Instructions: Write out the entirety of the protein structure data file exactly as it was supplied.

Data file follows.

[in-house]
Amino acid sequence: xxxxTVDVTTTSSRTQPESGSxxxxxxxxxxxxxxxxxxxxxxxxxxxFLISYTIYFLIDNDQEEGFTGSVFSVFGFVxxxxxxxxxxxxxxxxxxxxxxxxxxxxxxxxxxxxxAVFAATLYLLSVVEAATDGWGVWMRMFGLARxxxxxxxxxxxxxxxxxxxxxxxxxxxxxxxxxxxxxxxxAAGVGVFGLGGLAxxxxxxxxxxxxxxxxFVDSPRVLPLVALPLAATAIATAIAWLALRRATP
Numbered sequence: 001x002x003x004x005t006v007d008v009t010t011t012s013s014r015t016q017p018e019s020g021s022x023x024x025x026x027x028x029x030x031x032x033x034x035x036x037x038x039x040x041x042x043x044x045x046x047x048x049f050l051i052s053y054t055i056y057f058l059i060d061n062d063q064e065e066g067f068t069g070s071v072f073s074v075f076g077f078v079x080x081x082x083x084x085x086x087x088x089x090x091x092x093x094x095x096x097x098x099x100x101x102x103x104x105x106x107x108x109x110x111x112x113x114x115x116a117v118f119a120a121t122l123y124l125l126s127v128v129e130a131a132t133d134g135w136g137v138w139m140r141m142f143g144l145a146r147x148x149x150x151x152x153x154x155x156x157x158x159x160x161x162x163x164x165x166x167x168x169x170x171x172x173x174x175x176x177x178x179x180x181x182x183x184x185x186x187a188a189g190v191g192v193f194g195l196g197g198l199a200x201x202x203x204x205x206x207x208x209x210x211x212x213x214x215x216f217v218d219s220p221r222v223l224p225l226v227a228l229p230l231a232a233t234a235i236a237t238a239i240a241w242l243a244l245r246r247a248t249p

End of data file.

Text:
[in-house]
Amino acid sequence: xxxxTVDVTTTSSRTQPESGSxxxxxxxxxxxxxxxxxxxxxxxxxxxFLISYTIYFLIDNDQEEGFTGSVFSVFGFVxxxxxxxxxxxxxxxxxxxxxxxxxxxxxxxxxxxxxAVFAATLYLLSVVEAATDGWGVWMRMFGLARxxxxxxxxxxxxxxxxxxxxxxxxxxxxxxxxxxxxxxxxAAGVGVFGLGGLAxxxxxxxxxxxxxxxxFVDSPRVLPLVALPLAATAIATAIAWLALRRATP
Numbered sequence: 001x002x003x004x005t006v007d008v009t010t011t012s013s014r015t016q017p018e019s020g021s022x023x024x025x026x027x028x029x030x031x032x033x034x035x036x037x038x039x040x041x042x043x044x045x046x047x048x049f050l051i052s053y054t055i056y057f058l059i060d061n062d063q064e065e066g067f068t069g070s071v072f073s074v075f076g077f078v079x080x081x082x083x084x085x086x087x088x089x090x091x092x093x094x095x096x097x098x099x100x101x102x103x104x105x106x107x108x109x110x111x112x113x114x115x116a117v118f119a120a121t122l123y124l125l126s127v128v129e130a131a132t133d134g135w136g137v138w139m140r141m142f143g144l145a146r147x148x149x150x151x152x153x154x155x156x157x158x159x160x161x162x163x164x165x166x167x168x169x170x171x172x173x174x175x176x177x178x179x180x181x182x183x184x185x186x187a188a189g190v191g192v193f194g195l196g197g198l199a200x201x202x203x204x205x206x207x208x209x210x211x212x213x214x215x216f217v218d219s220p221r222v223l224p225l226v227a228l229p230l231a232a233t234a235i236a237t238a239i240a241w242l243a244l245r246r247a248t249p